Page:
|A Wisp Of Hair
Author: IcedJellyBean PM
She's been locked away in a mental facility for 5 years, and all because of him. Now she's looking to get out. After all, she's not really insane, is she?Rated: Fiction T - English - Angst - Words: 1,222 - Reviews: 3 - Favs: 2 - Follows: 1 - Published: 09-01-09 - Status: Complete - id: 2716207
|A+ A- Full 3/4 1/2 Expand Tighten|
A Wisp of Hair
I passed the envelope between my hands, first right, then left. When I say 'passed' I mean 'dropped' as each palm turned over, the other caught the green paper.
"Aren't you going to open it?" I stared at her and contemplated. Carefully picking with my stubbed fingers at the edges, I decided to tear open the envelope and reveal the tattered note inside. The writing was barely readable. "What does it say?" She knew what it said, because letters had to be read before being given to patients. I didn't tell her. "Who is it from?"
"My mother," I explained, purposefully wrongly. I smiled. I knew whom, where and when, but not why.
"But your mother died 4 years ago."
I began to twist my hair, entwining it with my fingers, letting the note and its contents become available for all to see, "Yes. Tell me about her."
"Well... Her name was Muriel."
"She was 20." With that the lady awkwardly looked at me, taking the paper and leaving.
12:00am. The wonders of the outside world were again visible to my eyes that had grown so accustomed to white over the past 5 years and audible to my ears that heard only the voices of the insane and the clanging of metal doors. But it was not over yet; the roof was going to be tricky. It was a choice of land or die. But the truth of the matter was that I was no Lara Croft.
Goosebumps stood out like mines on a minefield. The naked eye would not have seen them, but they were just waiting to explode like a rash across my frozen arms and legs. I shivered, noticing just how high up I really was now. I considered my lack of options: jump and land, jump and break my legs, jump and die. That was until I noticed my new main route of escape.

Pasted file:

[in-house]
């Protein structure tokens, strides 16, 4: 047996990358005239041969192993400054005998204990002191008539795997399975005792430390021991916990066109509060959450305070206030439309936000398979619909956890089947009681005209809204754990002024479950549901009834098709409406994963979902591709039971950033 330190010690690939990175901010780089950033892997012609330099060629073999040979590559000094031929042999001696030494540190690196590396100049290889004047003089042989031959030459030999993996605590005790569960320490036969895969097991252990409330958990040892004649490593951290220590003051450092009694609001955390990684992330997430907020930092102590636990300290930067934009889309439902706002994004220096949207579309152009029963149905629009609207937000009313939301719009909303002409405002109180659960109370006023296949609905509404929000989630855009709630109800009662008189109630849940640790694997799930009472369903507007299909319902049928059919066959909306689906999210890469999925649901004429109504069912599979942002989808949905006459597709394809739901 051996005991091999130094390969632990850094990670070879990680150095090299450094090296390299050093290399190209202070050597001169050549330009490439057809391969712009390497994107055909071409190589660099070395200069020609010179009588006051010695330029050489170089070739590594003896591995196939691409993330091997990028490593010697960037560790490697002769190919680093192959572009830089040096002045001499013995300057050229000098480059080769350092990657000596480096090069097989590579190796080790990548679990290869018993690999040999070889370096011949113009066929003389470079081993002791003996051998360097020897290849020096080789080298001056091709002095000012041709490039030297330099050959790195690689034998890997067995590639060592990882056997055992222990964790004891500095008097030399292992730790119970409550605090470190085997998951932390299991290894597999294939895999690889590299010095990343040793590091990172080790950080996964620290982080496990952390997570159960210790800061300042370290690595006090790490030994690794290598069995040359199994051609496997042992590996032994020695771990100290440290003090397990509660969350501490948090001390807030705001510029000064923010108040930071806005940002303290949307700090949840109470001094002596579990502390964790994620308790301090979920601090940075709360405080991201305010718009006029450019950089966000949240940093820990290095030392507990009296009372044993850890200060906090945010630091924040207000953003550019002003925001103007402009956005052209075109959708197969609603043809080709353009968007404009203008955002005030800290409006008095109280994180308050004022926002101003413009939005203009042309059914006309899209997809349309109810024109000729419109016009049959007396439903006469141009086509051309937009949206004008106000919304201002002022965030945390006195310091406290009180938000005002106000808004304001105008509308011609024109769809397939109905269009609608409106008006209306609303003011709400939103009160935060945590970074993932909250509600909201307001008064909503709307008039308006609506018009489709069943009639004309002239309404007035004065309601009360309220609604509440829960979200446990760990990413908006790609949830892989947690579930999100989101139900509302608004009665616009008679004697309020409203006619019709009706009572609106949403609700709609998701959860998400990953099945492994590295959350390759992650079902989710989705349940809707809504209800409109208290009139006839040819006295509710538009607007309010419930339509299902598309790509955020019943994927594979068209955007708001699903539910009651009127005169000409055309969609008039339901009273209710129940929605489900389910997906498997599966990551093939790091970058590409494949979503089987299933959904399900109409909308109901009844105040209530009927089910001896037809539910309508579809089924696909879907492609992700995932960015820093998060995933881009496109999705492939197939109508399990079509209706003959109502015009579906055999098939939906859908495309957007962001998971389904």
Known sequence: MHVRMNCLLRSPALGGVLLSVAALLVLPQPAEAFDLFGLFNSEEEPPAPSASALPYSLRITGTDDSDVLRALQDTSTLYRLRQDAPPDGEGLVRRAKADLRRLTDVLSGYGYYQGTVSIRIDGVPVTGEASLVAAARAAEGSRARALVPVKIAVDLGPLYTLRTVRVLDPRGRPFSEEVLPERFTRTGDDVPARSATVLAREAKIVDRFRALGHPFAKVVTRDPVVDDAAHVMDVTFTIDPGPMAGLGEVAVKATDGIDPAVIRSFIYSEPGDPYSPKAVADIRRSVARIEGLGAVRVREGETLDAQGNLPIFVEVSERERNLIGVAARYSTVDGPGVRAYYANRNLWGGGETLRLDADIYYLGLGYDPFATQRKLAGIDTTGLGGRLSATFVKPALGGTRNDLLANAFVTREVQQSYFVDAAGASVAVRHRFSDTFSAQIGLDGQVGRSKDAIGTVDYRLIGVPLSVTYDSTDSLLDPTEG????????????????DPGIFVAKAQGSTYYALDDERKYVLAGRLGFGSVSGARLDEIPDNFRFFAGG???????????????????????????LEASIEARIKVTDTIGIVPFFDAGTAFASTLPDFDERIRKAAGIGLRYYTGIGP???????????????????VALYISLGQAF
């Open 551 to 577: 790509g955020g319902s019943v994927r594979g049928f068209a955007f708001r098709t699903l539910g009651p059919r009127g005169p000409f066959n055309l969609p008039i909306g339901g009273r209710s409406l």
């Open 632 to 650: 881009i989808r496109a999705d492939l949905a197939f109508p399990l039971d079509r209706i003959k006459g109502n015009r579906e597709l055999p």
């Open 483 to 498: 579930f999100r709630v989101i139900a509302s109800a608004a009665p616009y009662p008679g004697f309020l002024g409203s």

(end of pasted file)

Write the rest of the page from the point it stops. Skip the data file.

I would have slid down the drainpipe and landed. If it had been that simple. Flea-ridden dogs stood at the bottom, appearably famished and angry. Their mouths frothed as if they had a strong case of rabies, their jaws gnashing and barking wildly. But they had alerted the guards, who in turn had set off the sirens, and soon the whole convention knew. So I had to act fast.
I ran and leapt from the building, flying through the dark night. I could see black and only the darkest shade of black known to man for what seemed like days, but in reality was only seconds. Before I hit the floor, specks of grey flew into view and I was falling: straight towards the railings. I scraped and flailed about in the air, trying to land elsewhere, but I landed just where I was always going to land. The flowerbeds had recently become home to a pile of mud (a compost heap in fact.) Quite lucky really, as I had landed in this, breaking my fall, centimetres away from the railings. It tasted a hindsight better than the slush they'd fed me in there, locked up and pretending to be ill, but I spat it out anyway. It didn't exactly taste good.